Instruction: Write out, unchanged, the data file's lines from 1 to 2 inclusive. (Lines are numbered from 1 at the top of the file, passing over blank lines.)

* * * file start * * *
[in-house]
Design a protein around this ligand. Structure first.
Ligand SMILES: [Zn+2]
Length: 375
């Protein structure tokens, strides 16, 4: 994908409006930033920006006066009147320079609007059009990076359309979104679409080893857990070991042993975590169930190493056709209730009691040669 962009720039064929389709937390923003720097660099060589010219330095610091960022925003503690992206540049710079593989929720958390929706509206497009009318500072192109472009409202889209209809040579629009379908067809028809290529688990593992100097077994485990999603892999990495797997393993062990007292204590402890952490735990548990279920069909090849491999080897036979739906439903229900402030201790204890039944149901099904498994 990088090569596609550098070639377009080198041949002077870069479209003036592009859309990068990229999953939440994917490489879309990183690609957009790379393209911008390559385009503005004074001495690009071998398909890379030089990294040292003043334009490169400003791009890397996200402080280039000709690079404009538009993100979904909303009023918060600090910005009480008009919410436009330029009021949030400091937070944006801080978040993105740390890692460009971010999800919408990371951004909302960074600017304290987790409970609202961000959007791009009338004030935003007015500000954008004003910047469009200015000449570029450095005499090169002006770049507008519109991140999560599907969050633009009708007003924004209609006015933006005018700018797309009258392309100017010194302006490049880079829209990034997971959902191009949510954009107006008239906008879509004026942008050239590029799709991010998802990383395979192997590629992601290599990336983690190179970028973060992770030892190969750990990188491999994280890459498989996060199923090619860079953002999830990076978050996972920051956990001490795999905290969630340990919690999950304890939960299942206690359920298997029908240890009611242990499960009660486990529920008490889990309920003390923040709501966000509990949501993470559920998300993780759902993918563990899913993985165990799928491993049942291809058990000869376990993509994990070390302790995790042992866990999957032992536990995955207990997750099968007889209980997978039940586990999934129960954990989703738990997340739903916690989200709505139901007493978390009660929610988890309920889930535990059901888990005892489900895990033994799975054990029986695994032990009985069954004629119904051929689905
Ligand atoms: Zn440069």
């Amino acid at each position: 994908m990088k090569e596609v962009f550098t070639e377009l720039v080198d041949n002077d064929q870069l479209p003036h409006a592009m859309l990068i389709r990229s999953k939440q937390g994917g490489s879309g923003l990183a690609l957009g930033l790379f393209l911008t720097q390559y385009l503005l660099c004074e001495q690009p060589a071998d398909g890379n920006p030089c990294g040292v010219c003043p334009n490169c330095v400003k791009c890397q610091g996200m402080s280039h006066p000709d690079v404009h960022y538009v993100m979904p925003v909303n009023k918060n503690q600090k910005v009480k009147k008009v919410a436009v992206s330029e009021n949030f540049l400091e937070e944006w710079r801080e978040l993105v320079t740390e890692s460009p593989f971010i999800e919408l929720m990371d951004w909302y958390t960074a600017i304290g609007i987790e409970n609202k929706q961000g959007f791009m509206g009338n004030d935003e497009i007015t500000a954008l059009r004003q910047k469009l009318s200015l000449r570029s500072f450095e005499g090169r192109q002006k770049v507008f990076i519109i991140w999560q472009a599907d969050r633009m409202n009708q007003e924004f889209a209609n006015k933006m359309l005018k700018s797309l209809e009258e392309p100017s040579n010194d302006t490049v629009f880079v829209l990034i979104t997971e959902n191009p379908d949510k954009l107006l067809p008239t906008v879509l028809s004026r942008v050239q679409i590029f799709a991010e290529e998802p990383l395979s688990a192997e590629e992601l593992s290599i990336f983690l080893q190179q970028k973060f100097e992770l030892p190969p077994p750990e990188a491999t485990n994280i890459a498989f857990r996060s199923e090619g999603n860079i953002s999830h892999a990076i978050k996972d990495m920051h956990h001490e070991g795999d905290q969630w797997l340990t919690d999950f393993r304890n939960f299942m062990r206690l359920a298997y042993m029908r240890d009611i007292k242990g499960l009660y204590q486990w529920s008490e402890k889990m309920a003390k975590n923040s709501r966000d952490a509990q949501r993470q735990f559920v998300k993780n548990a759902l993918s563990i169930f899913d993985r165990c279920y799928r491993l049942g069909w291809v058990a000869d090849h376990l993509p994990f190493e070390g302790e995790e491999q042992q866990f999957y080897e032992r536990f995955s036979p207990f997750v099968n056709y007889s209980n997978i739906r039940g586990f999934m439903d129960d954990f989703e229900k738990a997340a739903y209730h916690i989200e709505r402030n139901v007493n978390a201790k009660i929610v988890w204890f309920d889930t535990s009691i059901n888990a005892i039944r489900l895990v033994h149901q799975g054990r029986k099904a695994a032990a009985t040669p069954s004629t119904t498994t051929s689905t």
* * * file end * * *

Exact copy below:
[in-house]
Design a protein around this ligand. Structure first.